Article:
[Moving picture of popcorn]

Laramie Movie Scope:
The Dangerous Lives of Altar Boys

[Strip of film rule]
by Robert Roten, Film Critic
[Strip of film rule]

November 12, 2002 -- I know what you are thinking. A movie with a name like "The Dangerous Lives of Altar Boys" just has to be about a scandal involving priests molesting altar boys. That's what you would think, but you'd be wrong. It isn't anything quite that upbeat. To be sure, the film doesn't make the Catholic church look good, and it is about a taboo kind of teen sex and there is even a nifty element of child porn, but it is not about wayward priests. In fact, the first three-fourths of the movie is a comedy. That's right comedy, and it mixes with the more tragic elements of the story like oil mixes with water.

The film starts out as a kind of light-hearted romp with our hero, Tim Sullivan (Kieran Culkin of "The Cider House Rules") thinking of all kinds of funny pranks to pull in Catholic school. One of these stunts has to do with making off with a large religious statue. There are some very funny scenes in the film, some of them involving comic book characters created by Francis Doyle (played by Emile Hirsch) and several other boys, including Tim. Most of these kids have Irish surnames. One of the main villains in Sullivan's comic book, "The Atomic Trinity," is a grim incarnation of a one-legged nun at the school, Sister Assumpta (Jodie Foster of "Anna and the King") who becomes the relentless "Nunzilla" in the comic book. These cartoon adventures come to life in short animated sequences that punctuate the film. The story in the animated sequences parallels the live action story in the rest of the film. It is an effective way to show that these kids see the world as a good versus evil struggle and they see themselves a super heroes (or they would like to be) in that struggle.

The funny stuff in the film trails off, however, as it plunges into an ocean of pathos, where it drowns. We go from funny childish pranks to fighting, incest, tragedy, ghosts and that ultimate of Hollywood horrors, an injured dog. That's right, it is the dreaded coming of age film. The lesson is that life is not as simple as it seems when you are young. There are many shades of gray between those blacks and whites. The lesson is also that not even a super hero can fix all problems. Yadda, yadda, yadda. This is Catcher in the Rye stuff. I suppose if I had to go through all this kind of pain when I was a kid I might have become a screenwriter so I could inflict the same pain on audiences all over the country. It seems only fair. It is the revenge of the wounded soul of the artist. The fact that their souls are wounded is probably where the artistic spark comes from. The only trouble is, some of these artists never seem to get enough revenge. They just keep trying to inflict their pain over and over again. It is so tiresome, but it is a risk you run when you go to see an "art" film.

The movie also has a heavy dose of William Blake, featuring his book "The Marriage of Heaven and Hell." In this book Blake, a hippie long ahead of his time, refuted contemporary religious notions of good and evil and the separation of the body of and soul. The illustrations in the illuminated book foreshadowed the "graphic novels" and multimedia presentations (including hypertext) that came much later. Blake was a perfect example of a person with an artistic temperament who rejects conventional morality. Blake's famed poem which begins, "Tyger, Tyger burning bright," is even read aloud in the movie.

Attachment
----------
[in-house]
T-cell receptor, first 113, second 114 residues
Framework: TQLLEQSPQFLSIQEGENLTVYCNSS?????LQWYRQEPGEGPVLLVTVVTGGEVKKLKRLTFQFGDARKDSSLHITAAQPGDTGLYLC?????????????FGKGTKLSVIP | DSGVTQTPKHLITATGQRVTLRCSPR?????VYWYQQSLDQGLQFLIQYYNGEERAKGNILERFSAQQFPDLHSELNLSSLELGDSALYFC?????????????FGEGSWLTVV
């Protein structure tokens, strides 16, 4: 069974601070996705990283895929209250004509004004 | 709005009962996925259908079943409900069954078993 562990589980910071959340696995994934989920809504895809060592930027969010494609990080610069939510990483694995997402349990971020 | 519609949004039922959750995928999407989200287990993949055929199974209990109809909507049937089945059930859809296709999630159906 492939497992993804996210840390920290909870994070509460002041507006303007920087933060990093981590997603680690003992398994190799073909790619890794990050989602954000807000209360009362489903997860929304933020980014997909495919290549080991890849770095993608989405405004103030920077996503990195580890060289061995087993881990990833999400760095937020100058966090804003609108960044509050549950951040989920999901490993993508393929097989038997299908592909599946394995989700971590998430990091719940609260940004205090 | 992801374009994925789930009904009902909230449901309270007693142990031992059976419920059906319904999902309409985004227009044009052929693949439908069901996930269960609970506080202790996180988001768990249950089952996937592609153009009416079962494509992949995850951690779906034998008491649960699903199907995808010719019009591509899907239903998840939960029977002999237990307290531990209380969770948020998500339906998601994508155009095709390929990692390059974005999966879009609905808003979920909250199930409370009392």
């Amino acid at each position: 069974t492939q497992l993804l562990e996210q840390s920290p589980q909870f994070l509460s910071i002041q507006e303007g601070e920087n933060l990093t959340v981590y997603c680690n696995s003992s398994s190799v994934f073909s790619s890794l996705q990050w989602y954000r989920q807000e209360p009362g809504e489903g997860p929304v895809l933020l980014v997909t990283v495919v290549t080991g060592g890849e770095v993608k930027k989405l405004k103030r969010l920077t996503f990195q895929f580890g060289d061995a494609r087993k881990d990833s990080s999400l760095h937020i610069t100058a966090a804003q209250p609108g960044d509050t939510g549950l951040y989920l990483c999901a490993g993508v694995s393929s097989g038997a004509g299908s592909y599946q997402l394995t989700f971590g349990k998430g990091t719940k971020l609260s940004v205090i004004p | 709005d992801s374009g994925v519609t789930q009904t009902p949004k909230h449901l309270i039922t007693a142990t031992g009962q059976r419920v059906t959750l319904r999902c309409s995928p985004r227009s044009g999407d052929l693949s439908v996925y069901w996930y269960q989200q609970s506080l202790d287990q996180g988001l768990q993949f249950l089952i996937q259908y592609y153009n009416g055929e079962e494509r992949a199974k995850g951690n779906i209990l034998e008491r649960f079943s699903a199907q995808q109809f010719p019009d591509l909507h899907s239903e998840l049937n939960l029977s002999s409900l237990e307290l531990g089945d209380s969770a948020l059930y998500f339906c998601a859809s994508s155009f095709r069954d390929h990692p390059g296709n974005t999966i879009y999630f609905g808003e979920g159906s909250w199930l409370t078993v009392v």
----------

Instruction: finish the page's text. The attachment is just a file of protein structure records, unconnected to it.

As you would expect from an art film, the acting and direction are excellent. Nothing hones the artistic skills as a art movie about art. It has a very talented cast of actors, led by Oscar-winner Jodi Foster. Foster is great as usual, but her character doesn't have any depth written into it. Also good as one of the few adults in the film is the clueless, chainsmoking priest, Father Casey, played by the fine character actor Vincent D'Onofrio of "The Cell." The child actors are also very good, including Jena Malone of "Life as a House," who plays Doyle's girlfriend, Margie Flynn. The story, based on a book by Chris Fuhrman has elements of tragedy and comedy that don't seem to coexist well in the movie. Perhaps they coexisted better in the book. Perhaps if both elements had been established earlier in the film it would have worked better. Instead, a sharp, clever, insightful comic tone was established early, then the tone switches to a dark, clumsy melodrama later in the film. While I did not care much for the last part of the film, but the three-quarters of it is good enough that I'm recommending it. This film rates a C+.

Click here for links to places to buy this movie in video and/or DVD format, the soundtrack, books, even used videos, games and lots of other stuff. I suggest you shop at least two of these places before buying anything. Prices seem to vary continuously. For more information on this film, click on this link to The Internet Movie Database. Type in the name of the movie in the search box and press enter. You will be able to find background information on the film, the actors, and links to much more information.

[Strip of film rule]
Copyright © 2002 Robert Roten. All rights reserved.
Reproduced with the permission of the copyright holder.
[Strip of film rule]
Back to the Laramie Movie Scope index.
[Rule made of Seventh Seal sillouettes]

Robert Roten can be reached via e-mail at my last name at lariat dot org. [Mailer button: image of letter and envelope]

(If you e-mail me with a question about this or any other movie or review, please mention the name of the movie you are asking the question about, otherwise I may have no way of knowing which film you are referring to)